Advocacy is another important facet of patient care. The therapist follows a plan of care when treating a patient. Anything that impacts that plan of care is the therapist’s responsibility to document it and then follow up. For example, Mrs Jones continues to show up to her outpatient sessions with unsafe high blood pressure, Mr Roberts continues to complain of heel soreness from lying in bed too long, and Ms Smith continues to have a soaked brief every time she receives treatment. All of these situations can impact the health of the patient and their ability to participate in treatment. In Mrs Jones’ case, unsafe blood pressure can lead to a CVA. Her doctor needs to be notified, and she may need to be educated on the importance of taking blood pressure medications on time. In Mr Roberts’ case, his caregiver may need to be educated on the importance of floating heels to prevent pressure ulcers as well as the importance of him getting up and out of bed. If transferring is the issue, then transfer training will need to be completed. How about Ms Smith? How does that impact treatment? Having a soaked brief can cause skin breakdown as well as urinary tract infections that all can delay progress. If she is at a facility, care aides may need to be educated about how often to change briefs because Ms Smith cannot communicate when her brief is wet. All of these issues can cause problems for the patient, but more importantly, can be prevented. Advocating for the patient includes being truthful with the patient, educating the patient as well as any caregivers involved, and informing the appropriate clinician on the care team about concerns.
The “cherry on the top” of patient care is compassion. Compassion, as defined in the Collins English Dictionary, is a feeling of deep sympathy and sorrow for another who is stricken by misfortune, accompanied by a strong desire to alleviate the suffering. When a patient is receiving physical therapy, they are there to get help at a time of misfortune, whether it includes pain, decreased mobility, or whatever the impairment may be. As a physical therapist or physical therapist assistant, it is our duty to show compassion and incorporate it into daily treatment. For example, a patient with vertebral compression fractures is completing supine exercises. In conversation, she mentions how her feet have been itching because they are so dry and the nurse’s aide doesn’t have the time to put lotion on. It is easy to show compassion by applying lotion during a rest break. Can this service be billed? No. Is it taught in school? No. But that patient will believe the clinician truly cares. It will lead to increased participation and a better outcome overall. Always ask, “What else do you need?” before the end of a session. It will lead to a deeper connection with the patient.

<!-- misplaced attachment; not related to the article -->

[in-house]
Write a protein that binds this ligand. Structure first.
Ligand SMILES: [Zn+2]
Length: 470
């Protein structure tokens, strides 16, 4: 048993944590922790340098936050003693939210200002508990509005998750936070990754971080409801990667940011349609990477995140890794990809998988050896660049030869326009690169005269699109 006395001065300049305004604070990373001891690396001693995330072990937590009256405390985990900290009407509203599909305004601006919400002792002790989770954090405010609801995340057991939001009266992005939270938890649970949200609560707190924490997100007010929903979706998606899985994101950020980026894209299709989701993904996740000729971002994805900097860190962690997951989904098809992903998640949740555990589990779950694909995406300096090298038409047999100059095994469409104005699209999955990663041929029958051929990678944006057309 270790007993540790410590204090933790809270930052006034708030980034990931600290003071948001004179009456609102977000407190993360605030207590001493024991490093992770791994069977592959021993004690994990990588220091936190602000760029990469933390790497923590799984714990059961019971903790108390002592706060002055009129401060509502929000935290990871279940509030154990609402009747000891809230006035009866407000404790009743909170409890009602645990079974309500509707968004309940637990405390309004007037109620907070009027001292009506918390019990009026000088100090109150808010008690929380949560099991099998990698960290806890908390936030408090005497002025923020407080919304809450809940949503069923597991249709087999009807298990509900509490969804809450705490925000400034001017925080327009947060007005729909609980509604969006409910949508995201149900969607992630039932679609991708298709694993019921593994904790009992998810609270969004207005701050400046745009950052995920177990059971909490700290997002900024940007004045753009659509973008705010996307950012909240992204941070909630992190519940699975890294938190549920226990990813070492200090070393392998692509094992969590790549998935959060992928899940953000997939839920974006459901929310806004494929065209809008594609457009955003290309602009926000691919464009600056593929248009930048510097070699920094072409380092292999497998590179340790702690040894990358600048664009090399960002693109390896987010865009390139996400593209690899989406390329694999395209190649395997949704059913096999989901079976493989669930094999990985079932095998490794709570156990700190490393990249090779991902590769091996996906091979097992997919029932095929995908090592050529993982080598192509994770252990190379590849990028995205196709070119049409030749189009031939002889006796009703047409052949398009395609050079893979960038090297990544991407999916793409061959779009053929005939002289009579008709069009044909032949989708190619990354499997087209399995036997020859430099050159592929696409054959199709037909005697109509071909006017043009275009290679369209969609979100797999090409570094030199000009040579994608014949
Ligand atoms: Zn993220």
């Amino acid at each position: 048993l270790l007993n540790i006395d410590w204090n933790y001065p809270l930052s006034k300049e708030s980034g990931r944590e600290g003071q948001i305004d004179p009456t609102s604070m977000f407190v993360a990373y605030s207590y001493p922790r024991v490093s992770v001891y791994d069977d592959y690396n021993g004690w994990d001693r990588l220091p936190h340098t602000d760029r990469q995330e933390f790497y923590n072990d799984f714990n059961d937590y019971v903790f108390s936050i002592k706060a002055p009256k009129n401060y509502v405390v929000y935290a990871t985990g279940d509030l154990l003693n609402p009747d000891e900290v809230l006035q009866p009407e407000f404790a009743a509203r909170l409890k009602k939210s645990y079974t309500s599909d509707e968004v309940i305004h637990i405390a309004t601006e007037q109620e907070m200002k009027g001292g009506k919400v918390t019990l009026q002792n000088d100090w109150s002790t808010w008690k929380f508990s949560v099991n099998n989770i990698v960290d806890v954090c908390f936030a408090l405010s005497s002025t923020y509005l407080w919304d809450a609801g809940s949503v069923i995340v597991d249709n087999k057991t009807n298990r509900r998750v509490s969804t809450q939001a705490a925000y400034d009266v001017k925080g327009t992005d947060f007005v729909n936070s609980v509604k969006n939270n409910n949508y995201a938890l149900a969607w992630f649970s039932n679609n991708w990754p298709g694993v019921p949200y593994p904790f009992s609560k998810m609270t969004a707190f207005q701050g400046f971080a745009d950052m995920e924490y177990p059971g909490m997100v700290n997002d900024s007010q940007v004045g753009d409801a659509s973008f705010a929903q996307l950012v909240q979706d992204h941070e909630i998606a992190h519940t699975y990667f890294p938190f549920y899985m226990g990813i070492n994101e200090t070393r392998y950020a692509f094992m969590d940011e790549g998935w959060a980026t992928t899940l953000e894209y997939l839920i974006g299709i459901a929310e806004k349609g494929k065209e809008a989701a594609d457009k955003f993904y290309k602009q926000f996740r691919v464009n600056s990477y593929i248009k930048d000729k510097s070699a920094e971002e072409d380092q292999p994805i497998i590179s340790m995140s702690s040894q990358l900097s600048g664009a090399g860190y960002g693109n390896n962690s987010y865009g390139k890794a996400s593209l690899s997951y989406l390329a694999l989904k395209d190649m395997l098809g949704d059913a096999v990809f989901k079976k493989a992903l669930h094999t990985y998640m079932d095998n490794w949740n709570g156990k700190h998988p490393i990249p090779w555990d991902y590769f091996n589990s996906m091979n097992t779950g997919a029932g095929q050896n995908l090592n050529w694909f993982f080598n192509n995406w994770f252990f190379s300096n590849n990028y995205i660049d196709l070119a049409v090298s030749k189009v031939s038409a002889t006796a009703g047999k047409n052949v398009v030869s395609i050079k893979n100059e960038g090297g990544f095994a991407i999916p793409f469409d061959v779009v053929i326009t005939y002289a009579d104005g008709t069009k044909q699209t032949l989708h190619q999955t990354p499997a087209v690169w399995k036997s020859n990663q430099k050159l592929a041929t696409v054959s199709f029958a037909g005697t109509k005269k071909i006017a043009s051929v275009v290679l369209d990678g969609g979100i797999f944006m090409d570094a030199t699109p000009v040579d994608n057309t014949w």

Our profession is about serving others physically, emotionally, through advocacy, and compassion. Learning the best techniques and latest research is important, but it is not the only way to impact patient treatment. Be mindful and observant of those in your care. Be ready to learn and ready to teach. It will make you a more well-rounded professional impacting the progress of patients.
Natalie Dorak, PTA
Podcast: A Nontraditional Student Perspective
Listening Time — 32:40
At age 39, Kelly Clarke became a physical therapist. Despite knowing she wanted to become a physical therapist at the age of 17, Kelly’s life and career took her down a different path. But what Kelly knew the entire time was that the profession of physical therapy was her calling.
By the time she entered physical therapy school, she was what we’re going to call in this episode a “nontraditional student”—older than most of her student peers, having explored other careers before pursuing the physical therapy profession.
In this episode, Kelly talks openly about some of the challenges of that nontraditional student experience. She also advises current and future students that they should never let a lack of encouragement be mistaken for discouragement, believing that if someone puts forward the effort that they too can enter this wonderful profession.
Here’s our conversation with Kelly.
Read Kelly's original blog post, “5 Things I Wish I'd Known Before Starting Physical Therapy School: A Nontraditional Student Perspective,” or visit APTA’s Pulse blog for more articles like this.
APTA Podcasts like this one are available on Apple Podcasts, Google Play, and Spotify, or by visiting APTA.org/Podcasts.